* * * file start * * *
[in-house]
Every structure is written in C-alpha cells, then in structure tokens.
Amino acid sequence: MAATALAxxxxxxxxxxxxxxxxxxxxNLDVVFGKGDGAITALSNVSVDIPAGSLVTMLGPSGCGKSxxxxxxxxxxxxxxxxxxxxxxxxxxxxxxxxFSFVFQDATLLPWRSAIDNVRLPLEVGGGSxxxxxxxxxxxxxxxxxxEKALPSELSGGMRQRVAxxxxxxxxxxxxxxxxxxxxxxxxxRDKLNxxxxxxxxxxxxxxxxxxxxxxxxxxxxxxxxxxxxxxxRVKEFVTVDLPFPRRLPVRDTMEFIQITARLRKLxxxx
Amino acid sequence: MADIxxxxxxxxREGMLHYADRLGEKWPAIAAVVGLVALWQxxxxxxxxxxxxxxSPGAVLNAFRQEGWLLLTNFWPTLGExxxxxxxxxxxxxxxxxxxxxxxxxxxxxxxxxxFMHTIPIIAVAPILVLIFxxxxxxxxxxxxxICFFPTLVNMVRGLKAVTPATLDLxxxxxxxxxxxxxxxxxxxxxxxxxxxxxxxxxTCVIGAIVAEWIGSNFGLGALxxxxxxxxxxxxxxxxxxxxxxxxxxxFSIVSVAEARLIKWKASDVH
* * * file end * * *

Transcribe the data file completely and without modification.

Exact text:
[in-house]
Every structure is written in C-alpha cells, then in structure tokens.
Amino acid sequence: MAATALAxxxxxxxxxxxxxxxxxxxxNLDVVFGKGDGAITALSNVSVDIPAGSLVTMLGPSGCGKSxxxxxxxxxxxxxxxxxxxxxxxxxxxxxxxxFSFVFQDATLLPWRSAIDNVRLPLEVGGGSxxxxxxxxxxxxxxxxxxEKALPSELSGGMRQRVAxxxxxxxxxxxxxxxxxxxxxxxxxRDKLNxxxxxxxxxxxxxxxxxxxxxxxxxxxxxxxxxxxxxxxRVKEFVTVDLPFPRRLPVRDTMEFIQITARLRKLxxxx
Amino acid sequence: MADIxxxxxxxxREGMLHYADRLGEKWPAIAAVVGLVALWQxxxxxxxxxxxxxxSPGAVLNAFRQEGWLLLTNFWPTLGExxxxxxxxxxxxxxxxxxxxxxxxxxxxxxxxxxFMHTIPIIAVAPILVLIFxxxxxxxxxxxxxICFFPTLVNMVRGLKAVTPATLDLxxxxxxxxxxxxxxxxxxxxxxxxxxxxxxxxxTCVIGAIVAEWIGSNFGLGALxxxxxxxxxxxxxxxxxxxxxxxxxxxFSIVSVAEARLIKWKASDVH